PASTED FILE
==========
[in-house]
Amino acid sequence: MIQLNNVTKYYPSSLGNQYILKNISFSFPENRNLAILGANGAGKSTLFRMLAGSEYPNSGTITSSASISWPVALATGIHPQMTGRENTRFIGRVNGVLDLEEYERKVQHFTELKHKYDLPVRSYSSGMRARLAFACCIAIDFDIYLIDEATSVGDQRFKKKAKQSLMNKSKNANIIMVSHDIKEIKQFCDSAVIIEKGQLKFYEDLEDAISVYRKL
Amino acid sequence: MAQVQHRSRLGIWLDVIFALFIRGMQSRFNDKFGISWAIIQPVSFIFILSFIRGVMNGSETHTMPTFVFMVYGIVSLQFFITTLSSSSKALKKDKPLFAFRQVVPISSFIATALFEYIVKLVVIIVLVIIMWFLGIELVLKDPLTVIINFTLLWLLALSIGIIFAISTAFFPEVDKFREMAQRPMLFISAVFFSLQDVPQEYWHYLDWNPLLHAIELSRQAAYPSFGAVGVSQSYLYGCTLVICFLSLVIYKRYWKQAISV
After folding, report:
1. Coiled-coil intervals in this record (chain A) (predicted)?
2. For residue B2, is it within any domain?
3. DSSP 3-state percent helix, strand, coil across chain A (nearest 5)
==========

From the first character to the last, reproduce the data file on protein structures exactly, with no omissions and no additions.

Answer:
[in-house]
Amino acid sequence: MIQLNNVTKYYPSSLGNQYILKNISFSFPENRNLAILGANGAGKSTLFRMLAGSEYPNSGTITSSASISWPVALATGIHPQMTGRENTRFIGRVNGVLDLEEYERKVQHFTELKHKYDLPVRSYSSGMRARLAFACCIAIDFDIYLIDEATSVGDQRFKKKAKQSLMNKSKNANIIMVSHDIKEIKQFCDSAVIIEKGQLKFYEDLEDAISVYRKL
Amino acid sequence: MAQVQHRSRLGIWLDVIFALFIRGMQSRFNDKFGISWAIIQPVSFIFILSFIRGVMNGSETHTMPTFVFMVYGIVSLQFFITTLSSSSKALKKDKPLFAFRQVVPISSFIATALFEYIVKLVVIIVLVIIMWFLGIELVLKDPLTVIINFTLLWLLALSIGIIFAISTAFFPEVDKFREMAQRPMLFISAVFFSLQDVPQEYWHYLDWNPLLHAIELSRQAAYPSFGAVGVSQSYLYGCTLVICFLSLVIYKRYWKQAISV
After folding, report:
1. Coiled-coil intervals in this record (chain A) (predicted)?
2. For residue B2, is it within any domain?
3. DSSP 3-state percent helix, strand, coil across chain A (nearest 5)